The quality of the conversions is reflected in the subdued, rattle-free drive, too. This allows you to enjoy listening to that stereo system, with its DAB radio and Bluetooth connectivity, and bodes well for long-term touring. Indeed, there’s arguably more noise at tickover than when on the move.

The gear-change, as you’d expect from any Ford, is super-slick, and there’s automatic transmission as an option (a £680 add-on). Steering is both light and positive, while the small-diameter, leather-trimmed, multi-function steering wheel sets the tone for a very car-like cab. 

Safety and security features run to a Thatcham Category 1 alarm/immobiliser, rear parking sensors, automatic driving lights and windscreen wipers and front foglights with cornering function. 

Daytime – 85%

The Kingsley’s conversion is derived from Rolling Homes’ Volkswagen-based Columbus, offering a side furniture unit and a rear double travel seat/bed. Shorter-legged folk will always find the RIB rear bench sits a little high (the other side of the coin is that storage space in the base is optimised), but you’ll appreciate its supportive nature and adjustable head restraints.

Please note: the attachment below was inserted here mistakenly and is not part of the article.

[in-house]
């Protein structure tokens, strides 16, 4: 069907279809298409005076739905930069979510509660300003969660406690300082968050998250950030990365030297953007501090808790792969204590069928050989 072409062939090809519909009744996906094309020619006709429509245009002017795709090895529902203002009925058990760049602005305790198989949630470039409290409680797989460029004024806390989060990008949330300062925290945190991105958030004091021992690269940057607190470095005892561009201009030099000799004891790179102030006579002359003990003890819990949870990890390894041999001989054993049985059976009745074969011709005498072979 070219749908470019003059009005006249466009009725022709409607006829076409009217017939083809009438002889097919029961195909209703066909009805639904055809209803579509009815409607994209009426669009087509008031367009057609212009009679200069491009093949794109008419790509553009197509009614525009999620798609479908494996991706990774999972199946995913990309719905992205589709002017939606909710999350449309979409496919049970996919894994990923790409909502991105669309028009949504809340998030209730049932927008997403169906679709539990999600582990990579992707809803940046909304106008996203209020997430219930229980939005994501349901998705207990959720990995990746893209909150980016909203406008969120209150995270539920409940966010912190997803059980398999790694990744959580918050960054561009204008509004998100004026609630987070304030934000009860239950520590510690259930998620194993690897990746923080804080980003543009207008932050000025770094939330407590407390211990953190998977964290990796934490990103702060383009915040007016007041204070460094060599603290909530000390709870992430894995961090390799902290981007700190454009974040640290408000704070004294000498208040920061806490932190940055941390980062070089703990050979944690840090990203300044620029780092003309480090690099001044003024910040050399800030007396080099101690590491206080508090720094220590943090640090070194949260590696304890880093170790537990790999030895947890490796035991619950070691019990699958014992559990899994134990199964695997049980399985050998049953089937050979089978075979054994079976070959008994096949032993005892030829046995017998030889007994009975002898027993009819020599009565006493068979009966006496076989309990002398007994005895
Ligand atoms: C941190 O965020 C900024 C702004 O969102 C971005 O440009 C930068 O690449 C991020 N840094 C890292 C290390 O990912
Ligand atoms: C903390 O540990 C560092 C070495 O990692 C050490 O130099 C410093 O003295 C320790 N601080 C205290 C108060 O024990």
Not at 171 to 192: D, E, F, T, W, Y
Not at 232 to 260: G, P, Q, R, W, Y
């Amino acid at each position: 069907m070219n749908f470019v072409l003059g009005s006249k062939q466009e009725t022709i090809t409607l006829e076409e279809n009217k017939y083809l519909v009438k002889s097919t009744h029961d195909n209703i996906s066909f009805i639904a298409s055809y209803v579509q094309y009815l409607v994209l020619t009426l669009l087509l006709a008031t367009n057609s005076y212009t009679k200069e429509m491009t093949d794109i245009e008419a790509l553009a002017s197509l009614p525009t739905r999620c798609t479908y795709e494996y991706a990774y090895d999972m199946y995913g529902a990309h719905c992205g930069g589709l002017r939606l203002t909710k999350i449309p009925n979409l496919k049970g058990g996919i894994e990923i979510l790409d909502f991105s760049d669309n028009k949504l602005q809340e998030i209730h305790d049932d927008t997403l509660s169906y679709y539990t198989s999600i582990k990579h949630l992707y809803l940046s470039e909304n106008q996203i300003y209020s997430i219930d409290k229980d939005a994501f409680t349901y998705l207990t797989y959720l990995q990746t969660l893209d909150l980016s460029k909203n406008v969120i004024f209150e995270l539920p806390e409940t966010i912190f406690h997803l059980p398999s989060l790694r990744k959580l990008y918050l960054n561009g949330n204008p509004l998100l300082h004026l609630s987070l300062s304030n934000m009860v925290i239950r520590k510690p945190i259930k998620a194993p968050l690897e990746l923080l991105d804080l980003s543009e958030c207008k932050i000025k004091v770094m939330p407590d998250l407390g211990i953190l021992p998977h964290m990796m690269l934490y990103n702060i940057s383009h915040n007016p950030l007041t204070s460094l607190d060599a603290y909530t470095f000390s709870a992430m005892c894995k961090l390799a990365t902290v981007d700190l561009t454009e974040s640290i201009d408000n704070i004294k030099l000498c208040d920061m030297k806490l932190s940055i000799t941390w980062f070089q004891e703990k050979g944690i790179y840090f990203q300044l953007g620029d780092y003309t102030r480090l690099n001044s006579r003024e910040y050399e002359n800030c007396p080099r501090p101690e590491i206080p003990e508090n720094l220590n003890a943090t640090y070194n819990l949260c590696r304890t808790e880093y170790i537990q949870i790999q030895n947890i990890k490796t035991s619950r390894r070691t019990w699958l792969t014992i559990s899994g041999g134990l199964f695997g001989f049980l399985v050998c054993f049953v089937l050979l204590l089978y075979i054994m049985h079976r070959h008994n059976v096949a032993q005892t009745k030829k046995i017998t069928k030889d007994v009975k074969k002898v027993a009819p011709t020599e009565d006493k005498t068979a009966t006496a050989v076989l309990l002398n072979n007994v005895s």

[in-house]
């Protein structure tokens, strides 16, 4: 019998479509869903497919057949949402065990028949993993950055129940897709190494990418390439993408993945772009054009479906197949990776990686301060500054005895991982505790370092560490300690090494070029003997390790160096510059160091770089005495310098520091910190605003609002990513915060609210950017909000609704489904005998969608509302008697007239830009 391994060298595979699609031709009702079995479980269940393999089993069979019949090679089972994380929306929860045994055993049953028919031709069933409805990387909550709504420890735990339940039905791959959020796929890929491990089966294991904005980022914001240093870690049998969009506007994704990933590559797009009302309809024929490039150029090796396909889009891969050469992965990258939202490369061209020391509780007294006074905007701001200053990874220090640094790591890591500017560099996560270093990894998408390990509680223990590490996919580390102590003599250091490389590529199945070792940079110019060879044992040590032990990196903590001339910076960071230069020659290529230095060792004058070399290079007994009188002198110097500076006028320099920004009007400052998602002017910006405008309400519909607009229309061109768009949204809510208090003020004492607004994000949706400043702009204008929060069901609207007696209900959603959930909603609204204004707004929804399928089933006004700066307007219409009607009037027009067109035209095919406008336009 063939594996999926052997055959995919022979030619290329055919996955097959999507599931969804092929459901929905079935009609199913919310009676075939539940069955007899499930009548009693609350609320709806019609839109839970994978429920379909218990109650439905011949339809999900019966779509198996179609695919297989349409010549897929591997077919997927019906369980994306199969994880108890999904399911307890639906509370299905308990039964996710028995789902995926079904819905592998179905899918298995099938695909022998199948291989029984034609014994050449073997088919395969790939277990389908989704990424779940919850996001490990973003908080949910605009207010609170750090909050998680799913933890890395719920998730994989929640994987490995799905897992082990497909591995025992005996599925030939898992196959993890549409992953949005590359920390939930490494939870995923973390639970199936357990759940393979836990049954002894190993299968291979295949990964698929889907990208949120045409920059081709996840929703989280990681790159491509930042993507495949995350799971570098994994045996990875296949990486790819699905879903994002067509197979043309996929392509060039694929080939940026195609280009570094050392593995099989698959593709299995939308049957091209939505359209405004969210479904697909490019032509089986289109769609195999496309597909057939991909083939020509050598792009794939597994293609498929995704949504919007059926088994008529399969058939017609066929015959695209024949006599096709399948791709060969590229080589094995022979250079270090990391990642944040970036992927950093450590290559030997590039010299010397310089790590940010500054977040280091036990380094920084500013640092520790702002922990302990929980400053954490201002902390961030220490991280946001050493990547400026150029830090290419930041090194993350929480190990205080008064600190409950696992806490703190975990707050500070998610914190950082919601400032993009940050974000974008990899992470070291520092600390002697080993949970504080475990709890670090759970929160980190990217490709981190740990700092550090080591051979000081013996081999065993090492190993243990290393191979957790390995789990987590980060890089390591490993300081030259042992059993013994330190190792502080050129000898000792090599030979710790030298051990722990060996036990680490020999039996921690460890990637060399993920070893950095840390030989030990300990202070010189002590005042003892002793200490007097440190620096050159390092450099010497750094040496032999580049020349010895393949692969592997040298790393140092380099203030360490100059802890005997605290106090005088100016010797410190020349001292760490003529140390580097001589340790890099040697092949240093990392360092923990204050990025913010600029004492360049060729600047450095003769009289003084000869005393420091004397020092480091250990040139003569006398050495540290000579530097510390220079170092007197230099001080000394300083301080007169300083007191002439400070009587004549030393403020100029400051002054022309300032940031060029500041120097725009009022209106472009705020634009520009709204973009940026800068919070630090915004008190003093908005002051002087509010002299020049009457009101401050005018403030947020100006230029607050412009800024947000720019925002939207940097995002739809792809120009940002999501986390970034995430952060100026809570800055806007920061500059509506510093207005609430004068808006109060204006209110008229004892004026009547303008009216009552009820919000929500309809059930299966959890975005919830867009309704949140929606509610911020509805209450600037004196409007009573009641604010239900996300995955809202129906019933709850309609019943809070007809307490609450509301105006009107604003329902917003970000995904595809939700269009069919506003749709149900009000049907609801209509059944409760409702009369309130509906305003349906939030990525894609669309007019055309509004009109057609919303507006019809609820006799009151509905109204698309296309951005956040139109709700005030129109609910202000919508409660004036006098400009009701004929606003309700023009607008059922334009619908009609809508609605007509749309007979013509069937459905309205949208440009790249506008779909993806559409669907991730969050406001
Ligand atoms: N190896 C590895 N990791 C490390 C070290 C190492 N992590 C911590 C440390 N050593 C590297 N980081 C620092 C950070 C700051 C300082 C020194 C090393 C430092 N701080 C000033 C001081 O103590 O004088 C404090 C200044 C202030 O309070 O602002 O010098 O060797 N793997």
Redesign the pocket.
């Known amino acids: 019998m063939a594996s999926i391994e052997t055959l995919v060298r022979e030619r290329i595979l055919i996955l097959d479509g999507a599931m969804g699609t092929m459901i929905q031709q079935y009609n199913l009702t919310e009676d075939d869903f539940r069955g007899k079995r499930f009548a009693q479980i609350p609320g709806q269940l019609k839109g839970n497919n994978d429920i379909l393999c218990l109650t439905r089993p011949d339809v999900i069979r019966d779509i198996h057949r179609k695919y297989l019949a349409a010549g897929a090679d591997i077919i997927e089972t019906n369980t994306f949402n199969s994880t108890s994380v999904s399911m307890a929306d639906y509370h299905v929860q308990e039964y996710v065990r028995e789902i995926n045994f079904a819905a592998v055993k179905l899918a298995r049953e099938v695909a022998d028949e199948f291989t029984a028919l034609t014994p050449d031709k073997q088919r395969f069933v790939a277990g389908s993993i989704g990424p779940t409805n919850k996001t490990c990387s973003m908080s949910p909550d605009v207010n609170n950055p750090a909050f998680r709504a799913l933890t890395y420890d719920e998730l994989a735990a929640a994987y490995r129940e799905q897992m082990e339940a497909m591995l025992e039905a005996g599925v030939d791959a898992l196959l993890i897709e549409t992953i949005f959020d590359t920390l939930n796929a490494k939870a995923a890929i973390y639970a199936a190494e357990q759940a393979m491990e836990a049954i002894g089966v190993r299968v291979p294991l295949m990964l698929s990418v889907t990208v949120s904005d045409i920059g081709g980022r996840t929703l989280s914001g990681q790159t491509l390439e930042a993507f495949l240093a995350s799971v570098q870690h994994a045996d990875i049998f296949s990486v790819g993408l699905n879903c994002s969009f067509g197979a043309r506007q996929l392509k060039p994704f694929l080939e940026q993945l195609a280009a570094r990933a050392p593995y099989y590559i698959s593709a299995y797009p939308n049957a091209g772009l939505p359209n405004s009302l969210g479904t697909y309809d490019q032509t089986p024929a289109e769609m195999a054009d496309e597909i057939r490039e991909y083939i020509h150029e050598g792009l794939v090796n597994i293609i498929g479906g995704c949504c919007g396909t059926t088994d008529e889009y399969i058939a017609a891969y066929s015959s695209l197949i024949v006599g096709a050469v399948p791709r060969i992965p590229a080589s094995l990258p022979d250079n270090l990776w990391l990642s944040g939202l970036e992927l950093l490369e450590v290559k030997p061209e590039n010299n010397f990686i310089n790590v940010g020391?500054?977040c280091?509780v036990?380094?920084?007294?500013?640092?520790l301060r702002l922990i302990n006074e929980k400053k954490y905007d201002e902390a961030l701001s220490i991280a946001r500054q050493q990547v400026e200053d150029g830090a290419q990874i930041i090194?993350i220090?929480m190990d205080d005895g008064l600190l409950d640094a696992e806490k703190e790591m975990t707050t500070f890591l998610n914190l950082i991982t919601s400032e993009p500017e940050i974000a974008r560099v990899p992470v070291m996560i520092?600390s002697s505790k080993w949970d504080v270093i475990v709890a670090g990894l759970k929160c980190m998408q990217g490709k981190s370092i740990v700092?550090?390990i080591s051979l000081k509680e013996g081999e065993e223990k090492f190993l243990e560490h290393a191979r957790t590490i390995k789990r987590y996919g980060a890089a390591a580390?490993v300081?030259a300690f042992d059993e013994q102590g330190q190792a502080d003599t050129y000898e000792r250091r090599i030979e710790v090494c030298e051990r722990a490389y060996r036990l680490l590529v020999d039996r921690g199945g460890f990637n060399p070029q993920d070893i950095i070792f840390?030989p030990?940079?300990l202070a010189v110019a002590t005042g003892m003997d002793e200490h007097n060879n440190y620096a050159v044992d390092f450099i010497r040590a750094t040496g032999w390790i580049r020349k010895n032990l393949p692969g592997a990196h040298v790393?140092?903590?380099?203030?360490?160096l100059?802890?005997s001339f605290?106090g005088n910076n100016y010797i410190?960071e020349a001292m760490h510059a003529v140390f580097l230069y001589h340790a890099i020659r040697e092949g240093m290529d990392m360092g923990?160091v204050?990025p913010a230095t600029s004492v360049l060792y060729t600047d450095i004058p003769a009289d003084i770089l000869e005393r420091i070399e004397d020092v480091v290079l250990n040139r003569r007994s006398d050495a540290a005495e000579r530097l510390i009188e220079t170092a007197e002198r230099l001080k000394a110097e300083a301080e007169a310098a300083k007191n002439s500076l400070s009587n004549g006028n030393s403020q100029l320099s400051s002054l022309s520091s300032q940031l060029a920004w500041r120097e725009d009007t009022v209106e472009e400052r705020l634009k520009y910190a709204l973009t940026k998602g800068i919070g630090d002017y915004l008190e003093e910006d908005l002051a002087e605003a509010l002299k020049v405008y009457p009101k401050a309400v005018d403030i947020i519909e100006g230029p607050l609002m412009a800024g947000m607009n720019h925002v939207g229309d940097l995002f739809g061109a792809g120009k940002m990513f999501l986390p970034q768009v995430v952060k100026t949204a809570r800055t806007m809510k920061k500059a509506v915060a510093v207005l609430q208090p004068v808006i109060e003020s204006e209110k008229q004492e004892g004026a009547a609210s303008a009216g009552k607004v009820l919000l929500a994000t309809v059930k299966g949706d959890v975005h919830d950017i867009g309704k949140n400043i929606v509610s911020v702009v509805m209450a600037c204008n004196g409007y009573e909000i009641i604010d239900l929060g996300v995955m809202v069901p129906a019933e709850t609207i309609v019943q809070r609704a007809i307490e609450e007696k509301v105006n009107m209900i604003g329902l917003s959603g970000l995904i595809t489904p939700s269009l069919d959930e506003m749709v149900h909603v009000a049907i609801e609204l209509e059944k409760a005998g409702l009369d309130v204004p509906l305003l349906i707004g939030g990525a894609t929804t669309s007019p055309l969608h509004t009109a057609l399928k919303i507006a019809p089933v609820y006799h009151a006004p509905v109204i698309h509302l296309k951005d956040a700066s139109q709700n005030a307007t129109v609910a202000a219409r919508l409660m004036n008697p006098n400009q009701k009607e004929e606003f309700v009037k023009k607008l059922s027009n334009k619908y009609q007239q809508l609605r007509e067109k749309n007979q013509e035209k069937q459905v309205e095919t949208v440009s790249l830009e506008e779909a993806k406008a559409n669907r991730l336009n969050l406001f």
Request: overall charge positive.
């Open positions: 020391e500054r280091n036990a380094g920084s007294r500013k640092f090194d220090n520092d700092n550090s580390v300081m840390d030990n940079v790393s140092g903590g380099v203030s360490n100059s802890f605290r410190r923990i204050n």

The cab seats are easily swivelled (not always the case in a campervan), and it’s a simple enough task to retrieve the table-top and leg from the forward end of the kitchen unit.

At the back, the large, uncluttered boot area would easily take a drive-away awning, or similar. There’s also a floor-to-ceiling locker here, on the offside, which houses the fresh water container and gas locker, as well as shelving and a hanging-rail wardrobe area. 

Night-time – 82%

There’s an easy-to-learn system for converting the rear seat into what is a very flat double bed measuring 6ft 3in x 3ft 8in.

The Kingsley is a proper four-berth, too, thanks to the double bed in the roof – the Deluxe SCA unit. You get a one-piece mattress (6ft 7in x 4ft 2in) on plastic independent springing which also provides underbed ventilation. In the roof’s canvas sides, there’s a mix of Perspex (offside) and mesh (nearside and front) zip-open panelling, allowing you to easily adapt how much daylight/fresh air you want. There’s also a single, stemmed reading light.